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Using the Texas model to protect voting rights

Some blue state needs to do this.

In the midst of the ongoing debate over Republicans’ siege on voting rights in states they control, here’s an unconventional suggestion: Democratic state legislators should take a page from the Republican playbook and empower private citizens to sue people who are “aiding and abetting” voter suppression efforts.

After all, that’s exactly what the Texas GOP has done with the abortion bill it enacted last year, which effectively bans abortions after six weeks of pregnancy, despite the fact that our Supreme Court has ruled that women have a constitutional right to abortion until a fetus is viable, which is generally about 24 weeks into pregnancy. As the Supreme Court declared in 1992 in its ruling in Planned Parenthood v. Casey, there’s a “constitutionally protected liberty of the woman to decide to have an abortion before the fetus attains viability and to obtain it without undo interference from the State.”

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While personally I believe this law is atrocious, if the GOP is going to use that legal model to infringe on the rights of women, why can’t Democrats use that same tactic to accomplish a monumental goal of their own: protecting voting rights? Democrats cannot simply roll over and let the GOP suppress the vote — and potentially rig elections — because new federal voting rights legislation was recently blocked by way of the filibuster in the U.S. Senate. Democrats need to be tenacious fighters on this all-important issue — and that means using every single tool available.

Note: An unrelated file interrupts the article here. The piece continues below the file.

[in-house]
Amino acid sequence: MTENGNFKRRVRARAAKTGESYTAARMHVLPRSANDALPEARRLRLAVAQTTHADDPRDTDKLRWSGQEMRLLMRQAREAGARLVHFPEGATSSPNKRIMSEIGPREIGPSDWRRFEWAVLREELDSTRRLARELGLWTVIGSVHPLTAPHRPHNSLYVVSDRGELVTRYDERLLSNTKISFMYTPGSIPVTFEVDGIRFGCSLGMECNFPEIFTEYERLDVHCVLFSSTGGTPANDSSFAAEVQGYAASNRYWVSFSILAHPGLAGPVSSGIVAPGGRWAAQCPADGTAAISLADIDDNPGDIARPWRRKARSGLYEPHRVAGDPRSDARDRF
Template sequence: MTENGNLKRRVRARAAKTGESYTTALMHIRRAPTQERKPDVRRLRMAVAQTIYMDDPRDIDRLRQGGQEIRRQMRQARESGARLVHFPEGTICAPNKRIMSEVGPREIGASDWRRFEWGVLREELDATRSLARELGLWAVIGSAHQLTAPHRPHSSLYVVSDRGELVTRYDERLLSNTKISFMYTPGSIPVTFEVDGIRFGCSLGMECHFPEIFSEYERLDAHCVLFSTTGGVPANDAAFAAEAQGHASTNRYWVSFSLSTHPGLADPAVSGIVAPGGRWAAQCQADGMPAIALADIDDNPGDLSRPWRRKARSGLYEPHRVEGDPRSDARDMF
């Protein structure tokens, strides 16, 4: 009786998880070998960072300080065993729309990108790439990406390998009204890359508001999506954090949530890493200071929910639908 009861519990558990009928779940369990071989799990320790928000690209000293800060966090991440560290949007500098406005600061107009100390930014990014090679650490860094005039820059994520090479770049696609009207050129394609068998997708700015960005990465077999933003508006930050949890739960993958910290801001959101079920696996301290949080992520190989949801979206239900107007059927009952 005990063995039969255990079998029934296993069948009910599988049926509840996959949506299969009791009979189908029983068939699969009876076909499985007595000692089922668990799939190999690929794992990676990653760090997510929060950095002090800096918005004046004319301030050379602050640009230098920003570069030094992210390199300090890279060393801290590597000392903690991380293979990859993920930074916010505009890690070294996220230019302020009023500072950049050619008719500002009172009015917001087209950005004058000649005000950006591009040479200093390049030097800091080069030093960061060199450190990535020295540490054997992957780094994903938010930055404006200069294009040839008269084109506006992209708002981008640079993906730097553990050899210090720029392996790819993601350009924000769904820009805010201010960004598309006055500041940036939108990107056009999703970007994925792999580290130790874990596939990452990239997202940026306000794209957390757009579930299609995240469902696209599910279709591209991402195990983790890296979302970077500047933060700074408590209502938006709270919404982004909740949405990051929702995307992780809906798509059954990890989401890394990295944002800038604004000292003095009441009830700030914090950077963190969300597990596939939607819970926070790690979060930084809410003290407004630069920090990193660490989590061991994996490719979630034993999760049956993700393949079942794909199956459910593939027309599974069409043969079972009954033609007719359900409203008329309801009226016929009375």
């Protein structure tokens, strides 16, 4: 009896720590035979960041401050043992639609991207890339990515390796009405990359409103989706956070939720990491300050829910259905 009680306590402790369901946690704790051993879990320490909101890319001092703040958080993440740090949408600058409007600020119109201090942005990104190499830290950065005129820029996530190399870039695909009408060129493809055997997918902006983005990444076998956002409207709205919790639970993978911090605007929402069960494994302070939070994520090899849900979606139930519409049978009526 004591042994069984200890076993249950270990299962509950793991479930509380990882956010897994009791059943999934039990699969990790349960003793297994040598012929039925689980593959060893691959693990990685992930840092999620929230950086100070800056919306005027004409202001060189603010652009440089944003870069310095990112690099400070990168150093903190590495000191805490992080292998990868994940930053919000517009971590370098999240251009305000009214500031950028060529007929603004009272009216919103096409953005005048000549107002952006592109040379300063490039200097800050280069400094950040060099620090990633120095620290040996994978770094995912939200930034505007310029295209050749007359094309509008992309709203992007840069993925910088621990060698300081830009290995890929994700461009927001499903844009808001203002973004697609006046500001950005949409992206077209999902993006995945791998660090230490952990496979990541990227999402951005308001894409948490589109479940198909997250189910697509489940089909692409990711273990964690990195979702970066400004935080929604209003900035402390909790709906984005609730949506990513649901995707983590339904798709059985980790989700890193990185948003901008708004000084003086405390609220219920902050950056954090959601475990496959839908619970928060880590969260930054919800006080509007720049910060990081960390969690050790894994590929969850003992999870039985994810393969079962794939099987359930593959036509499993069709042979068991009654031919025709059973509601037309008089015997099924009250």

One way to show that commitment would be for states with Democratic governors and legislatures to enact laws that enable private citizens to sue anyone who is found “aiding and abetting” making it more challenging to vote. And if the person wins, they would be rewarded with $10,000 plus the cost of their legal fees from the defendant for each action they took that “aided and abetted” in restricting voting.

For example, New York could enact a law that enables people to sue any person in the state who is found “aiding and abetting” the GOP’s voter suppression efforts. This arguably would include elected New York Republican officials, such as Rep. Elise Stefanik, who championed former President Donald Trump’s election lies that have been used to justify the voter suppression laws in other states. That includes Stefanik claiming that President Joe Biden’s win in Georgia was because “more than 140,000 votes came from underage, deceased, and otherwise unauthorized voters — in Fulton County alone.” And in May, she was on Steve Bannon’s podcast, where she continued to further Trump’s “big lie.”